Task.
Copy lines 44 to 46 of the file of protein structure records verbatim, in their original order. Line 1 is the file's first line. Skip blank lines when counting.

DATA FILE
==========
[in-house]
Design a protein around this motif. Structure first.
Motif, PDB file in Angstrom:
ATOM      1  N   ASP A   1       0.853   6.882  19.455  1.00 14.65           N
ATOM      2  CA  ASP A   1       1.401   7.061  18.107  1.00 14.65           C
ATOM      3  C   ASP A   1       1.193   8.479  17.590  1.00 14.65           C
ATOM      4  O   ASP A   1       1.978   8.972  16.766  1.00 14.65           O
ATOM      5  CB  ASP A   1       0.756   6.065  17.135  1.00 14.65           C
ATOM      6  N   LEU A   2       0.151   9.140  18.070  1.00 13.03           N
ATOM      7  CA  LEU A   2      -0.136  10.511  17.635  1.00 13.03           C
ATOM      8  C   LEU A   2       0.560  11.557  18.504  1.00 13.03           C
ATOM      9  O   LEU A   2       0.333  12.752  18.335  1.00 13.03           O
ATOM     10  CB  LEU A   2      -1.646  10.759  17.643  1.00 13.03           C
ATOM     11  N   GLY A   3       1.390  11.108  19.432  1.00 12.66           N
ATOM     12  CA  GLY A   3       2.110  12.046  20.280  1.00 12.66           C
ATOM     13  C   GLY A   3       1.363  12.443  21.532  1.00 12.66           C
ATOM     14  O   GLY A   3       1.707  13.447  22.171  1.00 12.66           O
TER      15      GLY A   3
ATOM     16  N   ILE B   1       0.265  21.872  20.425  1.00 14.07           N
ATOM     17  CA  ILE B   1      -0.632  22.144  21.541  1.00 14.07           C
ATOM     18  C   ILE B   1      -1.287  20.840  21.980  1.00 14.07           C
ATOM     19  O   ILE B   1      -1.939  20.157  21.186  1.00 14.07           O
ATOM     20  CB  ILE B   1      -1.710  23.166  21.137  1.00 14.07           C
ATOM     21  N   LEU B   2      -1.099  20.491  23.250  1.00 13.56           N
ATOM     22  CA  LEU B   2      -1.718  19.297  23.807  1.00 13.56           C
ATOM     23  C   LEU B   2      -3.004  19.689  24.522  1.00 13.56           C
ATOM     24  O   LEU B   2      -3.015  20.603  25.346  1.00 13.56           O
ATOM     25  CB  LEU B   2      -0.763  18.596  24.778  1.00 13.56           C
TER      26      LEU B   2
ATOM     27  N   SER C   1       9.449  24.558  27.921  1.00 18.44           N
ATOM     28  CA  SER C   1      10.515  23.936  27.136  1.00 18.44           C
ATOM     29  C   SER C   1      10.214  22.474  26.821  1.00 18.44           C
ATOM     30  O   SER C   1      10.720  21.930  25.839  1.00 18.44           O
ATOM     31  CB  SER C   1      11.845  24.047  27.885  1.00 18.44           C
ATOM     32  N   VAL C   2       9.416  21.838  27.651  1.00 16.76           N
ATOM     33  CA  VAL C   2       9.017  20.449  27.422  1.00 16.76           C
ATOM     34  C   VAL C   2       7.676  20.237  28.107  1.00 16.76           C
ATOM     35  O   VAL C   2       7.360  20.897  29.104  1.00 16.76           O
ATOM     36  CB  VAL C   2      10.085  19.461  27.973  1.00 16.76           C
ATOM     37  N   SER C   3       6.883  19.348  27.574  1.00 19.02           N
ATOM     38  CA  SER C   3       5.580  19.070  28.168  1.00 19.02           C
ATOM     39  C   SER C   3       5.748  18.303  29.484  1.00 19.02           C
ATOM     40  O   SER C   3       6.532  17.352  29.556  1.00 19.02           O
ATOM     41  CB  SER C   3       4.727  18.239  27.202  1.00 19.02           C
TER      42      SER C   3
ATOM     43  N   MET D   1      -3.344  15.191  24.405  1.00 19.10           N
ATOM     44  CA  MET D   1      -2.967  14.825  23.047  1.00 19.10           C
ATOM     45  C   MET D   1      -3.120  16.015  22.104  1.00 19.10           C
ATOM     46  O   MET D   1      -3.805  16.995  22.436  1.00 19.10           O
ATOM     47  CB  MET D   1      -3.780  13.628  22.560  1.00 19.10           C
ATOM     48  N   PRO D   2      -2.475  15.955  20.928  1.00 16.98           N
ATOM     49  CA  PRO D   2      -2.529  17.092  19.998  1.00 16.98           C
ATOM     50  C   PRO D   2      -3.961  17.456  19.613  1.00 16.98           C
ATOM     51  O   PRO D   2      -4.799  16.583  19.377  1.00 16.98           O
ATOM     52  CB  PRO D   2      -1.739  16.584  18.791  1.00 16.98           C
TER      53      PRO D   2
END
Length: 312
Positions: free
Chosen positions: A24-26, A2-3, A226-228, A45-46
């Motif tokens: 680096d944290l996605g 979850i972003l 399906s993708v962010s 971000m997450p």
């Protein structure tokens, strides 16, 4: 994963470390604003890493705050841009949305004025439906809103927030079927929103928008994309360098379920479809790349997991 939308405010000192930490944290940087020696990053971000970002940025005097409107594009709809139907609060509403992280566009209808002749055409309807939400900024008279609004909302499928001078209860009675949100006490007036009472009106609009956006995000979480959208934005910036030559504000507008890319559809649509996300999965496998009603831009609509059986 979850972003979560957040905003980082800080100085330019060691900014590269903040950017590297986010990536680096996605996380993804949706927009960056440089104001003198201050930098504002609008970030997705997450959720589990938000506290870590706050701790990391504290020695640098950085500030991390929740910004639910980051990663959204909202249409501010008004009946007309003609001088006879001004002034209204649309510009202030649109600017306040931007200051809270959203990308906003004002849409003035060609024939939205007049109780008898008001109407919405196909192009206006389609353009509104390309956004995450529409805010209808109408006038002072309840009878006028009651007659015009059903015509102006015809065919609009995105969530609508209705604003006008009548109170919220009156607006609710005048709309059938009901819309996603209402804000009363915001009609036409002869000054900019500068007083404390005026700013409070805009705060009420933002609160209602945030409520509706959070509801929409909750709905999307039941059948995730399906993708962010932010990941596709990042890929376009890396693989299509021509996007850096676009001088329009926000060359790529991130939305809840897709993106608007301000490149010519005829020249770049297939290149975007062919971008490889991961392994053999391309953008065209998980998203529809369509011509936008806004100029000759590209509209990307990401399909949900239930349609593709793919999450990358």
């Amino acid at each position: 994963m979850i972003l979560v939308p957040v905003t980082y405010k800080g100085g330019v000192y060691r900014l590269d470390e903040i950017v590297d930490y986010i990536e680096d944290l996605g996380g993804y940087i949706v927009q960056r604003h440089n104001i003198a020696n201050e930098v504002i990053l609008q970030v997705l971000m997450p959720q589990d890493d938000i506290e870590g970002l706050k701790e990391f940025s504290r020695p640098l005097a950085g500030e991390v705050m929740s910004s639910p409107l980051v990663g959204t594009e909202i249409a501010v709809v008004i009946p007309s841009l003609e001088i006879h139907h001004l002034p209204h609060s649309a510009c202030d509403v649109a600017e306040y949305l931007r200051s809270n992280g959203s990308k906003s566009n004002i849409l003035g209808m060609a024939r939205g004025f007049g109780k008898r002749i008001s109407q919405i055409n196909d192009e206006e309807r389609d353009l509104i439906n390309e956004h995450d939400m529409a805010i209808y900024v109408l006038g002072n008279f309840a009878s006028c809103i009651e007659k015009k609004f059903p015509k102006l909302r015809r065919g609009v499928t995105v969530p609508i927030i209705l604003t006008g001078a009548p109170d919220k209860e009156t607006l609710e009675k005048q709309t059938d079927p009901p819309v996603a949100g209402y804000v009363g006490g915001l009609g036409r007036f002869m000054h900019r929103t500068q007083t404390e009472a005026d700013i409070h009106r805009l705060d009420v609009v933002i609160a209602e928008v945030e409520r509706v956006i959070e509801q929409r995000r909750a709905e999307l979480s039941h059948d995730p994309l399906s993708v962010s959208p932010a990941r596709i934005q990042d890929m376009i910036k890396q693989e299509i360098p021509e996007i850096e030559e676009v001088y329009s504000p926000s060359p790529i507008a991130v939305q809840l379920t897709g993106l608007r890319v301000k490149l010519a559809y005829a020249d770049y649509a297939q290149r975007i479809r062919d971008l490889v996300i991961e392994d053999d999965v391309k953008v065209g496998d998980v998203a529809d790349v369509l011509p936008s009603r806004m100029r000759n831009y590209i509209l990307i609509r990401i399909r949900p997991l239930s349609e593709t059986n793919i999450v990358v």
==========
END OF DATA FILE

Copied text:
ATOM     41  CB  SER C   3       4.727  18.239  27.202  1.00 19.02           C
TER      42      SER C   3
ATOM     43  N   MET D   1      -3.344  15.191  24.405  1.00 19.10           N